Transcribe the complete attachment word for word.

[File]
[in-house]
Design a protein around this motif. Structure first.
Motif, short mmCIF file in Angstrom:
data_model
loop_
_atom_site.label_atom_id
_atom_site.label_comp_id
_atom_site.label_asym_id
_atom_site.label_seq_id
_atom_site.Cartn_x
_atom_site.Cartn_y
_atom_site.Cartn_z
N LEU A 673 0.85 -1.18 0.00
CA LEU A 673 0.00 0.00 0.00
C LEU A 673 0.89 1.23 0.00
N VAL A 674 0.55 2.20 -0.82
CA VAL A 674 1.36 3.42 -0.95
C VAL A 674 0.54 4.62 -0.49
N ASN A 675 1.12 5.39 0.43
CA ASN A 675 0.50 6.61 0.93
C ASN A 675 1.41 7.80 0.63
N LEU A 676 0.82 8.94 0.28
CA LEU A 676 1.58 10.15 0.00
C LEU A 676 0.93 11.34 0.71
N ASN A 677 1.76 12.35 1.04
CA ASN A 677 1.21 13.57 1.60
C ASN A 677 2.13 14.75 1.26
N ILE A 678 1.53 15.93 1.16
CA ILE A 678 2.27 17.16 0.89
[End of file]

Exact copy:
[in-house]
Design a protein around this motif. Structure first.
Motif, short mmCIF file in Angstrom:
data_model
loop_
_atom_site.label_atom_id
_atom_site.label_comp_id
_atom_site.label_asym_id
_atom_site.label_seq_id
_atom_site.Cartn_x
_atom_site.Cartn_y
_atom_site.Cartn_z
N LEU A 673 0.85 -1.18 0.00
CA LEU A 673 0.00 0.00 0.00
C LEU A 673 0.89 1.23 0.00
N VAL A 674 0.55 2.20 -0.82
CA VAL A 674 1.36 3.42 -0.95
C VAL A 674 0.54 4.62 -0.49
N ASN A 675 1.12 5.39 0.43
CA ASN A 675 0.50 6.61 0.93
C ASN A 675 1.41 7.80 0.63
N LEU A 676 0.82 8.94 0.28
CA LEU A 676 1.58 10.15 0.00
C LEU A 676 0.93 11.34 0.71
N ASN A 677 1.76 12.35 1.04
CA ASN A 677 1.21 13.57 1.60
C ASN A 677 2.13 14.75 1.26
N ILE A 678 1.53 15.93 1.16
CA ILE A 678 2.27 17.16 0.89